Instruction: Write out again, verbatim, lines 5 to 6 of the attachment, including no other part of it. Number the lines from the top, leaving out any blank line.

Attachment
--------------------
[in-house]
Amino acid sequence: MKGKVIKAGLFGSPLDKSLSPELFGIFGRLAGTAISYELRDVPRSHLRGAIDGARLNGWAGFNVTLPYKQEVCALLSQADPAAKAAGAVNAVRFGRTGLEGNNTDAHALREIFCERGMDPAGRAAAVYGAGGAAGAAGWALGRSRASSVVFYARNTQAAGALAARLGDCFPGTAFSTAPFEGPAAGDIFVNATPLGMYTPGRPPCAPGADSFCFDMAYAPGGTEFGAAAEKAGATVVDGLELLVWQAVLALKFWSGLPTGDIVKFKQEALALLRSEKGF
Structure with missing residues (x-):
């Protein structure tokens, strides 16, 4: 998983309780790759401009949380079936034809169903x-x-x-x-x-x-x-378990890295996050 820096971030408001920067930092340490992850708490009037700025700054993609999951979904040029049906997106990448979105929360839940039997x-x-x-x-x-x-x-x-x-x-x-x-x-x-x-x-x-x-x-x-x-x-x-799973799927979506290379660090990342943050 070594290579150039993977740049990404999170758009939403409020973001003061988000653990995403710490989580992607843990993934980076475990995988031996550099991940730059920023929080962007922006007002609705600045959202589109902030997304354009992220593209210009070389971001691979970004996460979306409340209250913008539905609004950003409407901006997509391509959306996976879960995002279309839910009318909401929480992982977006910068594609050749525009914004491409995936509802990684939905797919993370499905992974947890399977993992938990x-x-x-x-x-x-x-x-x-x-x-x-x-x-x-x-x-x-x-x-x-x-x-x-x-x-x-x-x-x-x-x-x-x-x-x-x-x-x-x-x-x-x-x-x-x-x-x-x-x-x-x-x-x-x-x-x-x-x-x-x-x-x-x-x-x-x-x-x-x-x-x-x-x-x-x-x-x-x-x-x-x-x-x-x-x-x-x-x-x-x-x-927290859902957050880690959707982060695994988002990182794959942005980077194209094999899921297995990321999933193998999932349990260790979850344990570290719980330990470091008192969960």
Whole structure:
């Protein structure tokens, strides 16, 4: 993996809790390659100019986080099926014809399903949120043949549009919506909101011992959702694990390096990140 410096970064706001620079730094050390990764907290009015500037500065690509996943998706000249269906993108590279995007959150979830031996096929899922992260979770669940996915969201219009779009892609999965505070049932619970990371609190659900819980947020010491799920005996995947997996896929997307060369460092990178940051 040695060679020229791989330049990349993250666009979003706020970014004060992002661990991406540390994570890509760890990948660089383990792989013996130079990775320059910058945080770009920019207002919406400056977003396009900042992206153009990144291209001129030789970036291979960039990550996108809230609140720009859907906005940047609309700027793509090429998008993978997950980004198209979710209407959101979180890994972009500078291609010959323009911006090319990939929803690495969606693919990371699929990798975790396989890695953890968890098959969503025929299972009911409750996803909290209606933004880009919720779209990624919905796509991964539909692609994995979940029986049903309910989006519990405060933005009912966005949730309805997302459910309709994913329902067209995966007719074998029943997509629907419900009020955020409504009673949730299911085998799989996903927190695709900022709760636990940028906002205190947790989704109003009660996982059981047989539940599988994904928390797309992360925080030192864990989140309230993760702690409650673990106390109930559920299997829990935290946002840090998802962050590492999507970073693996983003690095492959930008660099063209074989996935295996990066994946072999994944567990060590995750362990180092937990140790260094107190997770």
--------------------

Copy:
Whole structure:
């Protein structure tokens, strides 16, 4: 993996809790390659100019986080099926014809399903949120043949549009919506909101011992959702694990390096990140 410096970064706001620079730094050390990764907290009015500037500065690509996943998706000249269906993108590279995007959150979830031996096929899922992260979770669940996915969201219009779009892609999965505070049932619970990371609190659900819980947020010491799920005996995947997996896929997307060369460092990178940051 040695060679020229791989330049990349993250666009979003706020970014004060992002661990991406540390994570890509760890990948660089383990792989013996130079990775320059910058945080770009920019207002919406400056977003396009900042992206153009990144291209001129030789970036291979960039990550996108809230609140720009859907906005940047609309700027793509090429998008993978997950980004198209979710209407959101979180890994972009500078291609010959323009911006090319990939929803690495969606693919990371699929990798975790396989890695953890968890098959969503025929299972009911409750996803909290209606933004880009919720779209990624919905796509991964539909692609994995979940029986049903309910989006519990405060933005009912966005949730309805997302459910309709994913329902067209995966007719074998029943997509629907419900009020955020409504009673949730299911085998799989996903927190695709900022709760636990940028906002205190947790989704109003009660996982059981047989539940599988994904928390797309992360925080030192864990989140309230993760702690409650673990106390109930559920299997829990935290946002840090998802962050590492999507970073693996983003690095492959930008660099063209074989996935295996990066994946072999994944567990060590995750362990180092937990140790260094107190997770």